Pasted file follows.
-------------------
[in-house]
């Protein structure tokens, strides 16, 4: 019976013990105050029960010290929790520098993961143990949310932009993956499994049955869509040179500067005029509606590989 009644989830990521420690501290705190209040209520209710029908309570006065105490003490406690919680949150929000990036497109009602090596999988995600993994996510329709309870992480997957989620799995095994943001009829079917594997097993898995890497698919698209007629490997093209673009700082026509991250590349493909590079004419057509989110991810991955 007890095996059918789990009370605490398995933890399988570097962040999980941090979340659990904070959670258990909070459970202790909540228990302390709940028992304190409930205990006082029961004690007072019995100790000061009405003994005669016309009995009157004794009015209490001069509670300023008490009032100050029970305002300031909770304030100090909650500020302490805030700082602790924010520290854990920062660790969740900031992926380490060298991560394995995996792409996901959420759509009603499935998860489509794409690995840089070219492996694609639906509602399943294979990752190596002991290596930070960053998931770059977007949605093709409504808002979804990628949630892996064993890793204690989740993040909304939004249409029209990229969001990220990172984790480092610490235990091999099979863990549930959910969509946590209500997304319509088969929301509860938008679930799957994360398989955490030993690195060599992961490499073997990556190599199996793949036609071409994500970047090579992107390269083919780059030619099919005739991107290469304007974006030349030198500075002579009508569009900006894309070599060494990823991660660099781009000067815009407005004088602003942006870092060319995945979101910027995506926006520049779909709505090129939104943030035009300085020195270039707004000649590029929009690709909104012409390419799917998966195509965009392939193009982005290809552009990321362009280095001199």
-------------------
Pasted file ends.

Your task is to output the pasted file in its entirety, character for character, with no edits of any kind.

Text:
[in-house]
């Protein structure tokens, strides 16, 4: 019976013990105050029960010290929790520098993961143990949310932009993956499994049955869509040179500067005029509606590989 009644989830990521420690501290705190209040209520209710029908309570006065105490003490406690919680949150929000990036497109009602090596999988995600993994996510329709309870992480997957989620799995095994943001009829079917594997097993898995890497698919698209007629490997093209673009700082026509991250590349493909590079004419057509989110991810991955 007890095996059918789990009370605490398995933890399988570097962040999980941090979340659990904070959670258990909070459970202790909540228990302390709940028992304190409930205990006082029961004690007072019995100790000061009405003994005669016309009995009157004794009015209490001069509670300023008490009032100050029970305002300031909770304030100090909650500020302490805030700082602790924010520290854990920062660790969740900031992926380490060298991560394995995996792409996901959420759509009603499935998860489509794409690995840089070219492996694609639906509602399943294979990752190596002991290596930070960053998931770059977007949605093709409504808002979804990628949630892996064993890793204690989740993040909304939004249409029209990229969001990220990172984790480092610490235990091999099979863990549930959910969509946590209500997304319509088969929301509860938008679930799957994360398989955490030993690195060599992961490499073997990556190599199996793949036609071409994500970047090579992107390269083919780059030619099919005739991107290469304007974006030349030198500075002579009508569009900006894309070599060494990823991660660099781009000067815009407005004088602003942006870092060319995945979101910027995506926006520049779909709505090129939104943030035009300085020195270039707004000649590029929009690709909104012409390419799917998966195509965009392939193009982005290809552009990321362009280095001199």